Love poems are like grass:
They sprout from every crack in every sidewalk,
but they all look and smell the same.
Oh, there’s an interesting topic.
Let’s write a poem about death.
That’s never been done before!
The same with beauty, time, sex, and revenge.
I can’t say anything about any of those
that hasn’t already been said.
Why doesn’t anyone write poems about geometry
or vitamins or income tax or toenails?
Right now, if I wanted to,
I could improvise the best poem ever about chicken soup.
Maybe I’m just afraid to try.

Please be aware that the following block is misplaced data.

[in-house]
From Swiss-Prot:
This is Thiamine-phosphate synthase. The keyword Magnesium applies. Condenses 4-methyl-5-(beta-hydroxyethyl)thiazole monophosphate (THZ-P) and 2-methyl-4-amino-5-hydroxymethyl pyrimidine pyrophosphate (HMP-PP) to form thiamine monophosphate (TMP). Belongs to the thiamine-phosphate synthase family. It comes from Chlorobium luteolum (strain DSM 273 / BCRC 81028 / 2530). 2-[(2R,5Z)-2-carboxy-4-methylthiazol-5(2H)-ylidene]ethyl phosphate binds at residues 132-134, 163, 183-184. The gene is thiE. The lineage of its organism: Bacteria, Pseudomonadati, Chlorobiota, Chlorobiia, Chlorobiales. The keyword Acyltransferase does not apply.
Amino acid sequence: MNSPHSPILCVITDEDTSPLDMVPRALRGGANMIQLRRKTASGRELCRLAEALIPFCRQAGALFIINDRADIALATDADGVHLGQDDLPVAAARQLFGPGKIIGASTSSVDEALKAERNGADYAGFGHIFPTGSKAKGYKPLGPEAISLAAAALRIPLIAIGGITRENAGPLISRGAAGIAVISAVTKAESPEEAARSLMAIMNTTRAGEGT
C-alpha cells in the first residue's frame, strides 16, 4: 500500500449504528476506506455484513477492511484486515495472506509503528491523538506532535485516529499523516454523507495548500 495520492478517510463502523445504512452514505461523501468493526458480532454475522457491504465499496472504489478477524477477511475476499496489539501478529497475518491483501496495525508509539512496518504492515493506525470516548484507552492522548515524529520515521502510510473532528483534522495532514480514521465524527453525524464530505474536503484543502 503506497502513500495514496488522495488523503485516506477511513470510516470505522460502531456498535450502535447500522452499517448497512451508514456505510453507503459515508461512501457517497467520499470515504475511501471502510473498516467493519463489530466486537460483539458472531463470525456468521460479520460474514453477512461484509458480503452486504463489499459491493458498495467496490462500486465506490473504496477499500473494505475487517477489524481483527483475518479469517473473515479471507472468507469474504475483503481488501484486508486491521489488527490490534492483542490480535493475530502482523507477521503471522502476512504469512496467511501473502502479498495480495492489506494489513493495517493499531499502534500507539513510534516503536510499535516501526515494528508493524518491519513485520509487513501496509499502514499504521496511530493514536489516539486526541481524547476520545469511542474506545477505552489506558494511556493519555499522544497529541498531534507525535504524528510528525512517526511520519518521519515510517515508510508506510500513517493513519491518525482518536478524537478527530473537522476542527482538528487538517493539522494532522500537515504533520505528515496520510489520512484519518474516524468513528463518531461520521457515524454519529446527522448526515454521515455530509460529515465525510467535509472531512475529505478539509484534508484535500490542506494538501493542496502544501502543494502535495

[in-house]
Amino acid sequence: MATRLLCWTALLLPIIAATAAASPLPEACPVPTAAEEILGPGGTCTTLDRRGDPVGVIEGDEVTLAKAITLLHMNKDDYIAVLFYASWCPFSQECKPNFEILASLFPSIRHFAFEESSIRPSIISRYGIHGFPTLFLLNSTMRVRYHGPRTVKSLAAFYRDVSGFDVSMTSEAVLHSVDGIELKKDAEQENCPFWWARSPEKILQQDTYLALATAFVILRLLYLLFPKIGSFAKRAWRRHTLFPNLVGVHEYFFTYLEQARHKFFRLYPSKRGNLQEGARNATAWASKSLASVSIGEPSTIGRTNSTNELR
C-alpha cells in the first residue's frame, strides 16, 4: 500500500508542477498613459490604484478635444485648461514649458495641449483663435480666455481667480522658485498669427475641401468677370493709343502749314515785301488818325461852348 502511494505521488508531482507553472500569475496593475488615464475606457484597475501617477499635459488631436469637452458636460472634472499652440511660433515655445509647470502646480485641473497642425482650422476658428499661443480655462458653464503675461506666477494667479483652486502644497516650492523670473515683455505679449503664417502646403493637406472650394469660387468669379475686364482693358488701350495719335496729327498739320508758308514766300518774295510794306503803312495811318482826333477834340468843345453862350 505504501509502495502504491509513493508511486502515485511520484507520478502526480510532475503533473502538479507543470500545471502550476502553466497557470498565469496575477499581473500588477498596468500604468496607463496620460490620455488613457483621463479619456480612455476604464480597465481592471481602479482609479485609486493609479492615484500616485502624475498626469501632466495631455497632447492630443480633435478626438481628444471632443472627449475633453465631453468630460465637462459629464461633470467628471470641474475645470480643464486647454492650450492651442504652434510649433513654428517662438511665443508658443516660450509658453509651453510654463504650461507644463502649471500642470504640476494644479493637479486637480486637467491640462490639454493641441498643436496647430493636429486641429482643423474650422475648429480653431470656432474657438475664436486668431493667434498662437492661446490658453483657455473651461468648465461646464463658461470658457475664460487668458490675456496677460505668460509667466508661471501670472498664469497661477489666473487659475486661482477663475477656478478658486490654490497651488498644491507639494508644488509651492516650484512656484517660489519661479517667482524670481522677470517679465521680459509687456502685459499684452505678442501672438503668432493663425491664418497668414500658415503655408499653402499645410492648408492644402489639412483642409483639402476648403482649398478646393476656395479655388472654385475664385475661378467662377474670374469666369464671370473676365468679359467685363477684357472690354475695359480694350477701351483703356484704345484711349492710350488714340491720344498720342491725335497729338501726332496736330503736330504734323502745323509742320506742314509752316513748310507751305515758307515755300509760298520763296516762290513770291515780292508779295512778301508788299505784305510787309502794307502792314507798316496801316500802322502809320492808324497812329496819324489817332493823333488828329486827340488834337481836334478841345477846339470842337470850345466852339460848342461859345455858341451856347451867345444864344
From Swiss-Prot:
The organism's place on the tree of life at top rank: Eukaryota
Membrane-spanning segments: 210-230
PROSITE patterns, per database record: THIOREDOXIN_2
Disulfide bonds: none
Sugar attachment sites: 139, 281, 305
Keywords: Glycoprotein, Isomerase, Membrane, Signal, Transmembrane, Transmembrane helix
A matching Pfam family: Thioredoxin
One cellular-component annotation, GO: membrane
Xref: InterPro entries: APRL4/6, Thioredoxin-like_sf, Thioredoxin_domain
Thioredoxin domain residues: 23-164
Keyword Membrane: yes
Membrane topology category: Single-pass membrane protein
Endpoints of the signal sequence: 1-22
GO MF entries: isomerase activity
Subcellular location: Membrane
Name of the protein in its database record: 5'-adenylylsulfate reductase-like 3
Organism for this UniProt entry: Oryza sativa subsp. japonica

I mean, what if I did,
and what if I wrote passionately about
the shimmering rainbow drops of oil on the surface,
the seductive curves of noodles,
the brave birds who died as martyrs to make my lunch?
And what if I discovered that all the centuries
invested in love and death poems were a waste of time,
and it turns out that chicken soup
really is more profound?
How many things around me every day haven’t
been poem’d yet?
That kid on a bike,
that worm in a puddle, that
bowl of chicken soup,
that heart that’s beating inside my own chest?